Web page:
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Unequal ChancesEthnic Minorities in Western Labour Markets$
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Anthony F Heath and Sin Yi Cheung

Print publication date: 2007

Print ISBN-13: 9780197263860

Published to British Academy Scholarship Online: January 2012

DOI: 10.5871/bacad/9780197263860.001.0001

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Progress in Reducing Catholic Disadvantage in Northern Ireland

Progress in Reducing Catholic Disadvantage in Northern Ireland

(p.551) 13 Progress in Reducing Catholic Disadvantage in Northern Ireland
Unequal Chances



British Academy

This chapter on Northern Ireland focuses on the indigenous Catholics and Protestants, who can be viewed as ethno-religious groups. The historically disadvantaged position of Catholics continued after the partition of Ireland and the establishment of Northern Ireland in 1921, and the differences with respect to their position in the labour market, especially unemployment rates, have long been a symbol of contention and a matter of political importance. Comparison of data from the Continuous Household Surveys in 1985–1986 and 2002–2003 revealed substantial improvement for Catholic men in terms of avoidance of unemployment. This is consistent with the positive impact of the improving economy and the British government's fair employment legislation (Acts of 1976, 1989, and 1998). The class situations of Catholic women have also improved over the period covered. However, we find that Catholic men are still disadvantaged in accessing the salariat and in their labour-market earnings.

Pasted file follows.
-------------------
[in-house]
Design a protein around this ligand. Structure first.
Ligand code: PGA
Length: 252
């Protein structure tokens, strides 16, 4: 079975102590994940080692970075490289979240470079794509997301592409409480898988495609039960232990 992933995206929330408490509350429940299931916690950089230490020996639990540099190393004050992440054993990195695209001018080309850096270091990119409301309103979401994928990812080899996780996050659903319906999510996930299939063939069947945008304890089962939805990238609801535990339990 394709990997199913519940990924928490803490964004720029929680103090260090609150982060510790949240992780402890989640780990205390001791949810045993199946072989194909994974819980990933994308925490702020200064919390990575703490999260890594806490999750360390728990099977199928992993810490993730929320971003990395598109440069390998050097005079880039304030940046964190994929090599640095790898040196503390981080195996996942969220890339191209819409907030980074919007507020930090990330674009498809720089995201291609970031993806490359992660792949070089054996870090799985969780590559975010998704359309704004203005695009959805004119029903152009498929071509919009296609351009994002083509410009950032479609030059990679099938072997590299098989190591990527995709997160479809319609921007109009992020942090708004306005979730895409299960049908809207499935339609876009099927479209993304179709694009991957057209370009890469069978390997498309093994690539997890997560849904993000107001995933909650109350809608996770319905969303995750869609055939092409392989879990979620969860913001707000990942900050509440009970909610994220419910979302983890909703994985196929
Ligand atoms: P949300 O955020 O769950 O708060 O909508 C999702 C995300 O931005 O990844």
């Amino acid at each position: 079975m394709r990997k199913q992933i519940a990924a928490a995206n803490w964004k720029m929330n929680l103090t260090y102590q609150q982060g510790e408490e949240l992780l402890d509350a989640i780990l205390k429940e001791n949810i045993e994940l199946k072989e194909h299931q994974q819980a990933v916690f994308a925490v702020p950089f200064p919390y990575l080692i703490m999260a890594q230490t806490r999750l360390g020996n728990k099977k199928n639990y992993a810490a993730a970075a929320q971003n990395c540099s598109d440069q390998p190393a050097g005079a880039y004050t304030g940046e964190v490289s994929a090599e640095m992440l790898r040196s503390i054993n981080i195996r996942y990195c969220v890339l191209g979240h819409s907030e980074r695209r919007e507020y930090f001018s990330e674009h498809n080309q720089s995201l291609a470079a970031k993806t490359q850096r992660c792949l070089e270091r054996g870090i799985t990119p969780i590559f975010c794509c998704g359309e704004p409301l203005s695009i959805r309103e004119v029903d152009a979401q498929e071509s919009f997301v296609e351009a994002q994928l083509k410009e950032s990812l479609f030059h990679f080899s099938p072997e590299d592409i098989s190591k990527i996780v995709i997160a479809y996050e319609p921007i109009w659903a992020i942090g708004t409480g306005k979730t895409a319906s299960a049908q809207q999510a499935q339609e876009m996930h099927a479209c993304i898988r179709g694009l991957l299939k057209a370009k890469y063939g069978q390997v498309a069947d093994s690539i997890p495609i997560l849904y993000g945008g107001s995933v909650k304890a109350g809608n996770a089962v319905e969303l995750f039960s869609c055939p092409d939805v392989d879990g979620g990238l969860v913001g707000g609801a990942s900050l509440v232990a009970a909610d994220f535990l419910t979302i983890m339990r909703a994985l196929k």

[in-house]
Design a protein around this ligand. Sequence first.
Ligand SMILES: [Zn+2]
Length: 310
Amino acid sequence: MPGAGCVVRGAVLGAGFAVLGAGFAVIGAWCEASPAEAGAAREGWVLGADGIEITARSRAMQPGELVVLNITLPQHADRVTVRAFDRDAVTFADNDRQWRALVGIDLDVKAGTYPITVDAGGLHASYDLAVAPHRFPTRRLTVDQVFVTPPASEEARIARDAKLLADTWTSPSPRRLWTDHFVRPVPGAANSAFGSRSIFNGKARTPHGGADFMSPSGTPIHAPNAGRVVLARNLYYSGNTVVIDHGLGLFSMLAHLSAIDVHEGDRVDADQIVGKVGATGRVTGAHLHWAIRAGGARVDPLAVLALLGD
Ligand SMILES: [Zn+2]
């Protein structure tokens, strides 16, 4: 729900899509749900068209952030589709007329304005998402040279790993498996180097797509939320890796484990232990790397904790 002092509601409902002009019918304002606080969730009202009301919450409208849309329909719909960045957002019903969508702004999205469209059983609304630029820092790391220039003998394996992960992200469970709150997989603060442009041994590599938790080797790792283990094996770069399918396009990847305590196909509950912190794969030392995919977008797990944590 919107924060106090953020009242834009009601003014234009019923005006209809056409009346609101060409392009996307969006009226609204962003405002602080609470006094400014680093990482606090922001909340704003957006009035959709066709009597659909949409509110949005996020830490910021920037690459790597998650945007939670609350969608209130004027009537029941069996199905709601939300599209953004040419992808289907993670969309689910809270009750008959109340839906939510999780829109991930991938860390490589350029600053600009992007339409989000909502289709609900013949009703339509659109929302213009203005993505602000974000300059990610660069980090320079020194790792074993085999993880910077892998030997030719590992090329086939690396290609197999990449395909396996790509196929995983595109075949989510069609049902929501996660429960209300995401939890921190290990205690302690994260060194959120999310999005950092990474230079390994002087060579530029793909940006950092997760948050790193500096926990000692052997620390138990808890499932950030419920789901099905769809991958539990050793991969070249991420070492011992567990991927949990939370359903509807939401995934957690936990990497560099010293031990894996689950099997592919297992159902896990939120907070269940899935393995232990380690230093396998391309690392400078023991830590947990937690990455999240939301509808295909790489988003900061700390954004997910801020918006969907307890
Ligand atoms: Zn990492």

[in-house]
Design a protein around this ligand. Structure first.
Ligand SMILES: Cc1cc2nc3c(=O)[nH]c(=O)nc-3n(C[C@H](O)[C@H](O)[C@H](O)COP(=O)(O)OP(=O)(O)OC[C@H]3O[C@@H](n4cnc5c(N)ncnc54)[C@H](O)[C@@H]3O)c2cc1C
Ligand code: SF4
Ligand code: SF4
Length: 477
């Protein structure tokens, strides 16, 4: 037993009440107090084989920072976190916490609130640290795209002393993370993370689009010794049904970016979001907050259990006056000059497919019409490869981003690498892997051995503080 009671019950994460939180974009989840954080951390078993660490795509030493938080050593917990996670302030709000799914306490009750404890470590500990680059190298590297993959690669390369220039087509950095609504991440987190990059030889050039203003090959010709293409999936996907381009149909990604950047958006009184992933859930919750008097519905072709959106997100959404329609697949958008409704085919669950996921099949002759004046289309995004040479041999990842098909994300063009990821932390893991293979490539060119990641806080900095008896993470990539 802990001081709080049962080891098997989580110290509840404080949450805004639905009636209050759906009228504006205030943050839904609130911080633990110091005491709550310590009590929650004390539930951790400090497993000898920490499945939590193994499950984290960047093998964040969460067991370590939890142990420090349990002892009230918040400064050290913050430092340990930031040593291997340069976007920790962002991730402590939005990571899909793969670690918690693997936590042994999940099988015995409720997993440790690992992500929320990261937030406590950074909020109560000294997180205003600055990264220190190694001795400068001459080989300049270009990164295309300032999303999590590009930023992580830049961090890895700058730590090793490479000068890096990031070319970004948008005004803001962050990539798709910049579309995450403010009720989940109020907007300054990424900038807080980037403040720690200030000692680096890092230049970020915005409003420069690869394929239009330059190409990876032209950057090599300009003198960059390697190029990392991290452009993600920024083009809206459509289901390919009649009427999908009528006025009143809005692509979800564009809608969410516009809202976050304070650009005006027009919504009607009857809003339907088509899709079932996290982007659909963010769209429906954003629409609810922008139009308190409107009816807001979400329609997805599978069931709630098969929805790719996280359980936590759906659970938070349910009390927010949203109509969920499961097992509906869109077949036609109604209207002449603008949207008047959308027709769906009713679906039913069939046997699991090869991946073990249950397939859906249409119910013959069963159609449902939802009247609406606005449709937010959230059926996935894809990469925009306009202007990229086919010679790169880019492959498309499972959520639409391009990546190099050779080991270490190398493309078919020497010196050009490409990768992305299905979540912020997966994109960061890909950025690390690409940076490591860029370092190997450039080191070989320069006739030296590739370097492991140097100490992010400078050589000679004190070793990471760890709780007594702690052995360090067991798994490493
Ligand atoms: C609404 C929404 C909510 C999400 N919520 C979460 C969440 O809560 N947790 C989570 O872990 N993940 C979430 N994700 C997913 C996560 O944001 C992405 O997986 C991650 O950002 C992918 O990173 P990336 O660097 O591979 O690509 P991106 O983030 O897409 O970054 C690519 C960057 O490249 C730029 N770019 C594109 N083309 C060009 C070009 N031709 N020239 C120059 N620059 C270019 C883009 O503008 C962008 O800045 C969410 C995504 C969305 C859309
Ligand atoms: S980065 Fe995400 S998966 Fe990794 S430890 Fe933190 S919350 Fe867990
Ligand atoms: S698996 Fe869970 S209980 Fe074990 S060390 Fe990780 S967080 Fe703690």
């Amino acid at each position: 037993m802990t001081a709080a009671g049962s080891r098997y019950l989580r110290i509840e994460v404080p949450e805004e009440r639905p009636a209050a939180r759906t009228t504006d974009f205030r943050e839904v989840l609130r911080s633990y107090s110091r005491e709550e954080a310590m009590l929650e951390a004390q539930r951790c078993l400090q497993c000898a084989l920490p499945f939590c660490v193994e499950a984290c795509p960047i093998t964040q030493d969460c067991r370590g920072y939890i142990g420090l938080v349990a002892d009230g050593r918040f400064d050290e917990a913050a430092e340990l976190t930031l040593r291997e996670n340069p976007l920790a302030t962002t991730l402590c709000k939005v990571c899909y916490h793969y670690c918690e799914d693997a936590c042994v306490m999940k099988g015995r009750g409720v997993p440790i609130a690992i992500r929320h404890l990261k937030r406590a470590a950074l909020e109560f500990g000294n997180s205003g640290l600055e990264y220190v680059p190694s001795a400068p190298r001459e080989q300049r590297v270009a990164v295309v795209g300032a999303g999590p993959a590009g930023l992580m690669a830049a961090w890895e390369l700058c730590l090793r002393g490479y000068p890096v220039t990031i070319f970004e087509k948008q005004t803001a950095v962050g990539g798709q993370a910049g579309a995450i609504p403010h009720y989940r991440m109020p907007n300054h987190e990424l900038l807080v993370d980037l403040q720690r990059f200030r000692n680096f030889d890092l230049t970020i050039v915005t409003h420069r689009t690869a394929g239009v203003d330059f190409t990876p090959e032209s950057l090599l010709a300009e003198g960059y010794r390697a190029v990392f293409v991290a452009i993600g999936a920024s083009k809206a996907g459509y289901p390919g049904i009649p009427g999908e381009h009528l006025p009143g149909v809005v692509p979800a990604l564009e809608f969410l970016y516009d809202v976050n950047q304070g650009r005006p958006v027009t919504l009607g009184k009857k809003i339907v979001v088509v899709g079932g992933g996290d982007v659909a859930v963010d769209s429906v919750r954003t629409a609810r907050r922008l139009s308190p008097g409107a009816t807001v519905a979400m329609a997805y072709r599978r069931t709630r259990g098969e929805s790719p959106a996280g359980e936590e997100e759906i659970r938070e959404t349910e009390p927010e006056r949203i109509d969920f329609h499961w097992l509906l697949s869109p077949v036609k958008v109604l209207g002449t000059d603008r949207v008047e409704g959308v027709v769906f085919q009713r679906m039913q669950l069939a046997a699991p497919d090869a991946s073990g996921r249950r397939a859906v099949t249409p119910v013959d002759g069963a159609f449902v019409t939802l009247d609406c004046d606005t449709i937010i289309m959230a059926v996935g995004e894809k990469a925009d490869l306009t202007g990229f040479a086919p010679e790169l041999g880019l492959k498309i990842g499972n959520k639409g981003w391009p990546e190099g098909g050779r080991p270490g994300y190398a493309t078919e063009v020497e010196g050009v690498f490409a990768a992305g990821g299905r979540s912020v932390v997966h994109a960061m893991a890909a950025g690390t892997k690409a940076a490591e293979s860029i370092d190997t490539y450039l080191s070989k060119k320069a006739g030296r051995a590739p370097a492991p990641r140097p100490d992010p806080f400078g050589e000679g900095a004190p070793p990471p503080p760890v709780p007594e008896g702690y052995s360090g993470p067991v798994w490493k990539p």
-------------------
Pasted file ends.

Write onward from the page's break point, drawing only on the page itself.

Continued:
Keywords:   Northern Ireland, Catholics, labour market, Protestants, unemployment, salariat, earnings

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